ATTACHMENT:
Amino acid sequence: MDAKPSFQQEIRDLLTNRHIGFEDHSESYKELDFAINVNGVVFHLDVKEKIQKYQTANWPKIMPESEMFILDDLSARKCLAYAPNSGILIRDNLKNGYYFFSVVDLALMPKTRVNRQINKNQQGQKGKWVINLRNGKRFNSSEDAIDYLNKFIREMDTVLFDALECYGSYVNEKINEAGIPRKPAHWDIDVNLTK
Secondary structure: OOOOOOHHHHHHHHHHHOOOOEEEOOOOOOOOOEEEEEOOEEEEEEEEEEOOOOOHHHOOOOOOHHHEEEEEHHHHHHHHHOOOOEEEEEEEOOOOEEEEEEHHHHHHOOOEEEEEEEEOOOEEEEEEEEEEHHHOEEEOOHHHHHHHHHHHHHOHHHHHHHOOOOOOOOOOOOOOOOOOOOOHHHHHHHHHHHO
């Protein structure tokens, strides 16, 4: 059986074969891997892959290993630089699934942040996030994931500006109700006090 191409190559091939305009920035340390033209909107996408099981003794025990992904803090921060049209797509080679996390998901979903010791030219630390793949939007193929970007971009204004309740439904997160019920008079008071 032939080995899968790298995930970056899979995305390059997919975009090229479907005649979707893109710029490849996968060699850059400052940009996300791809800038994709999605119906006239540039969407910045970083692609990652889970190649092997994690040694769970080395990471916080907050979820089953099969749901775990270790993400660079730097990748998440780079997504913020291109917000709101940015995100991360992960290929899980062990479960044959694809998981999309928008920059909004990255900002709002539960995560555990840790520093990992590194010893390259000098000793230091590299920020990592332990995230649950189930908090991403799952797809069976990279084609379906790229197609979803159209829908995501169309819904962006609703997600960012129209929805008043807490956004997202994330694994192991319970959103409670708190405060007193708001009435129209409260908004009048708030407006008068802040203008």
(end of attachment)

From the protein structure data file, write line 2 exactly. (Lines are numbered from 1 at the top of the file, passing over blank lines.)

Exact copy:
Secondary structure: OOOOOOHHHHHHHHHHHOOOOEEEOOOOOOOOOEEEEEOOEEEEEEEEEEOOOOOHHHOOOOOOHHHEEEEEHHHHHHHHHOOOOEEEEEEEOOOOEEEEEEHHHHHHOOOEEEEEEEEOOOEEEEEEEEEEHHHOEEEOOHHHHHHHHHHHHHOHHHHHHHOOOOOOOOOOOOOOOOOOOOOHHHHHHHHHHHO